Driving Art to Imitate Life

There are a couple of reasons I’m posting this on Writer Wednesday. One is that it’s something which sets my writer’s imagination on fire. Two is that I’ve had quite a few heroines driving a black Mustang of various year models. For a while, I thought that’d be my signature. It may yet be, but on with the blog!

Working in my current job, one of the things I’ve found most interesting is what people’s cars say about them. This applies to customers that come into our store and to people I see out and about around town. I’ve seen one gentleman who dressed immaculately. I could only imagine that he worked in an office somewhere and he carried a leather bag that, based on my retail observations, probably cost a minimum of $30. He drove a beat up Dodge pick-up. On the other hand, I saw a gentleman driving a very nice Lexus but he was just as casually dressed as can be, lugging two little boys around with him. It’s just one of those things that makes you wonder about people and their situations in life. It’s fascinating.

Art imitates life, and characters that carry a piece of me in them often drive a car I would drive. Like a Mustang. Since I was sixteen years old, I’ve driven a 2002 gray Ford Mustang and I absolutely love it.

Let me be upfront and say my car is a little V6. It’s not loud, it’s not particularly faster than anything else on the road, but I find it fun to drive. Being that I have driven it for seven years, it sometimes feels like an extension of myself on the road. It’s hard to explain and as a writer, it is something I’d like to capture in the written word someday in a story. Just like I’d like to write about the two seconds I had to realize that my car was going to get hit, but could do nothing to stop it. I’d like to write about the feeling I got when I got up the next morning and my dad was outside my window, revving up my busted up car so I’d know it was still alive. Now there was an awesome feeling.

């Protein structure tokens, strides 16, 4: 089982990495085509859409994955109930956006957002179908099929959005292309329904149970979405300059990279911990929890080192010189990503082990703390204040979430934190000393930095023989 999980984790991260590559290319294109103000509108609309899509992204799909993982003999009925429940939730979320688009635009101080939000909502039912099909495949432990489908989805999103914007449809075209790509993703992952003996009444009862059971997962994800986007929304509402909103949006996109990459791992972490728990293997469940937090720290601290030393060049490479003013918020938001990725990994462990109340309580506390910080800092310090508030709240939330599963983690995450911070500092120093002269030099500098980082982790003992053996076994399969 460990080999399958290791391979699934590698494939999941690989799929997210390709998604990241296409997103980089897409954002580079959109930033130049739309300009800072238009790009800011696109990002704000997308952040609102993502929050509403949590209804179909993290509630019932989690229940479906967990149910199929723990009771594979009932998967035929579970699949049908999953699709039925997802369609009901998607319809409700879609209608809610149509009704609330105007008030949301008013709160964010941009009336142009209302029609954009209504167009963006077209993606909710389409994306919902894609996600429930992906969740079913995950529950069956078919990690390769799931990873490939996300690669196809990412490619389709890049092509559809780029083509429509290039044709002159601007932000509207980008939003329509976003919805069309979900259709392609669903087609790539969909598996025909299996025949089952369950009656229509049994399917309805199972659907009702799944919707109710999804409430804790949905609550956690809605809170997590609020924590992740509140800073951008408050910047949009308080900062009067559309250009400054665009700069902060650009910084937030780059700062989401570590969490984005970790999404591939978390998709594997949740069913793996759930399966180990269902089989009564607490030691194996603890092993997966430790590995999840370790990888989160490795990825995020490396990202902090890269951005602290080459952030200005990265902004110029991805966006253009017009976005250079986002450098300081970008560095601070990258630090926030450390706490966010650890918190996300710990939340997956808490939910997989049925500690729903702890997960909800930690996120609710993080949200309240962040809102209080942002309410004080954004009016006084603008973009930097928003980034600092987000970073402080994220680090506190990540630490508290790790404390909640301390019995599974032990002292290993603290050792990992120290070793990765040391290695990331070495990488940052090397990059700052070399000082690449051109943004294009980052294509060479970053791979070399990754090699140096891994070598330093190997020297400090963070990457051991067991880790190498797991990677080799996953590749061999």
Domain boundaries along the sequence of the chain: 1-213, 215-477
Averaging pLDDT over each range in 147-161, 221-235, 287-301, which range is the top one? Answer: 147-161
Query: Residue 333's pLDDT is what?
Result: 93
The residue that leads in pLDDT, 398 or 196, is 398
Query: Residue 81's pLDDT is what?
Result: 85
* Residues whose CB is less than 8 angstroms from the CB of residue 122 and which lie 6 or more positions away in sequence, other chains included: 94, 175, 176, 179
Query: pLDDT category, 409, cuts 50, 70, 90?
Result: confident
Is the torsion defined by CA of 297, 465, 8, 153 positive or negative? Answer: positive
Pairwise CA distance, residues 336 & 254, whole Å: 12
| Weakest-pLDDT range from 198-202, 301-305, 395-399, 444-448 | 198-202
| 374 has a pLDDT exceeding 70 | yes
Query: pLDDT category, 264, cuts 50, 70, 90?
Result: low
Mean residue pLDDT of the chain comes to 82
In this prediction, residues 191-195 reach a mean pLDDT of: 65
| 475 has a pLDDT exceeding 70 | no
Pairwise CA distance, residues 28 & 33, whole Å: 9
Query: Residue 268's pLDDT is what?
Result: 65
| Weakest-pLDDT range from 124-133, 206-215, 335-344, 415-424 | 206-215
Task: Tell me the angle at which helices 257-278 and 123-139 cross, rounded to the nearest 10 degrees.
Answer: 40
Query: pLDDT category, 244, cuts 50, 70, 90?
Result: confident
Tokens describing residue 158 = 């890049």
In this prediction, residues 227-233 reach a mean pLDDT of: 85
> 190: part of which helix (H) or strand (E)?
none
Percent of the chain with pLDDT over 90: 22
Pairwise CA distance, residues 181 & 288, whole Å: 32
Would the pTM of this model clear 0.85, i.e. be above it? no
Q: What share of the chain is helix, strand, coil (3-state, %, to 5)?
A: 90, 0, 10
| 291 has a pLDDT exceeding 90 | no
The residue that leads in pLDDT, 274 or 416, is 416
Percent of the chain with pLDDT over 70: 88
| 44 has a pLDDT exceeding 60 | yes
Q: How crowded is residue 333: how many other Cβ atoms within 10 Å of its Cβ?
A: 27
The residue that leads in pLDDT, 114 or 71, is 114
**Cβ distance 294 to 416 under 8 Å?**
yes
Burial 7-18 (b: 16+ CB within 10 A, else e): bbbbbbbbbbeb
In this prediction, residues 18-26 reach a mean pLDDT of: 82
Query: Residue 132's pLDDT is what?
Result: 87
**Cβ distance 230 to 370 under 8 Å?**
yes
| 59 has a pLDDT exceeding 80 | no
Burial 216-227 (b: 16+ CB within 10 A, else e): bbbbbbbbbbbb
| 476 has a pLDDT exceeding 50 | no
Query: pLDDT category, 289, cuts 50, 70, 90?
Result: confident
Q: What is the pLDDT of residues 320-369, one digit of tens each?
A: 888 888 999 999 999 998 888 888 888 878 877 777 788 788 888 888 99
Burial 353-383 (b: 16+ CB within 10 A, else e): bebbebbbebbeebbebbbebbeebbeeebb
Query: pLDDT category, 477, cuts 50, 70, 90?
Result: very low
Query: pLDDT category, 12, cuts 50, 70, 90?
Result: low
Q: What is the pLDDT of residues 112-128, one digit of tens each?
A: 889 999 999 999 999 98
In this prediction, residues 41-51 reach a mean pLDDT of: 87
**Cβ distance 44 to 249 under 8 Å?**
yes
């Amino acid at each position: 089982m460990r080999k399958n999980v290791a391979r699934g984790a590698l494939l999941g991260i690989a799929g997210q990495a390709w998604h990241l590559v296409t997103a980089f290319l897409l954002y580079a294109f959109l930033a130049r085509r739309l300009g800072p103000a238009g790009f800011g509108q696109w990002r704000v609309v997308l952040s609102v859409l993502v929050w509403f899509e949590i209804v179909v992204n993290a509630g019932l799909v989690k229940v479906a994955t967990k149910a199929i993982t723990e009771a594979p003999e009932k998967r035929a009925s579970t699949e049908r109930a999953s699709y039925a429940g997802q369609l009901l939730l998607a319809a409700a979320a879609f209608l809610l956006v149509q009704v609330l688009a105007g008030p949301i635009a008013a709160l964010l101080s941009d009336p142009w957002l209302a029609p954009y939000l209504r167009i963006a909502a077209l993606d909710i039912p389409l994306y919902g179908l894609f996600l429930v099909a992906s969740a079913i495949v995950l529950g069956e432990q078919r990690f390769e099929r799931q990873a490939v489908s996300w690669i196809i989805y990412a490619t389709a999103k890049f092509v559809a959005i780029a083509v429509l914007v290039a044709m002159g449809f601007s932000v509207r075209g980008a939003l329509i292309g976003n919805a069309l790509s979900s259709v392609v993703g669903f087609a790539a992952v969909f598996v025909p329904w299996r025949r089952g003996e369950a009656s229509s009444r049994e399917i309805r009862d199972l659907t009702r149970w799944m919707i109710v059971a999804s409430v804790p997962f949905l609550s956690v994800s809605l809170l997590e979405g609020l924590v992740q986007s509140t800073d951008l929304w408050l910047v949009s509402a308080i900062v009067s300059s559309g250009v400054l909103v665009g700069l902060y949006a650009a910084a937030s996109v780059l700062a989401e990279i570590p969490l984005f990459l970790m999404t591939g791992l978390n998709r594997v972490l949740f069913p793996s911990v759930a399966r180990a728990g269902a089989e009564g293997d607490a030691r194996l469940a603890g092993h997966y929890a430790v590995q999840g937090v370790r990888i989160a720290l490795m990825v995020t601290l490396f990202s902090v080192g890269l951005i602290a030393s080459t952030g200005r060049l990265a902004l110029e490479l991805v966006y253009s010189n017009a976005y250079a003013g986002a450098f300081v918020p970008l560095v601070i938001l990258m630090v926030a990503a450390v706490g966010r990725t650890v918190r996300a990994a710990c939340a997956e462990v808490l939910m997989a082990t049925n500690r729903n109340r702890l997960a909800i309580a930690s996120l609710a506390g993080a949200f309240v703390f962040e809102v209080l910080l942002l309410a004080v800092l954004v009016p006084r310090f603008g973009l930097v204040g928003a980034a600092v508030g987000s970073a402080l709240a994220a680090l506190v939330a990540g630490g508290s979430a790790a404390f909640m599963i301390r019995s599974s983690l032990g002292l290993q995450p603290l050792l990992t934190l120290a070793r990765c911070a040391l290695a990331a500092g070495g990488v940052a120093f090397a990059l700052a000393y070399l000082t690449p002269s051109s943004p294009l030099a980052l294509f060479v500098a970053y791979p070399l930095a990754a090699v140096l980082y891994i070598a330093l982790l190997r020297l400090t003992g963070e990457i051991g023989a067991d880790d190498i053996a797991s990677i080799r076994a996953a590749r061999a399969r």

My front bumper was broke in two pieces on the side and that was hanging down low as he drove it up in the yard, after taking it out on the highway to see that it was still drivable. It’s silly, but it’s like Frankenstang (what we call it now that it’s all put back together) was grinning at me with a chipped or missing tooth. “That Mercury may have knocked me into a ditch but I’m still here!”

Cars are just one of the things that inspire me as a writer, for many different reasons.

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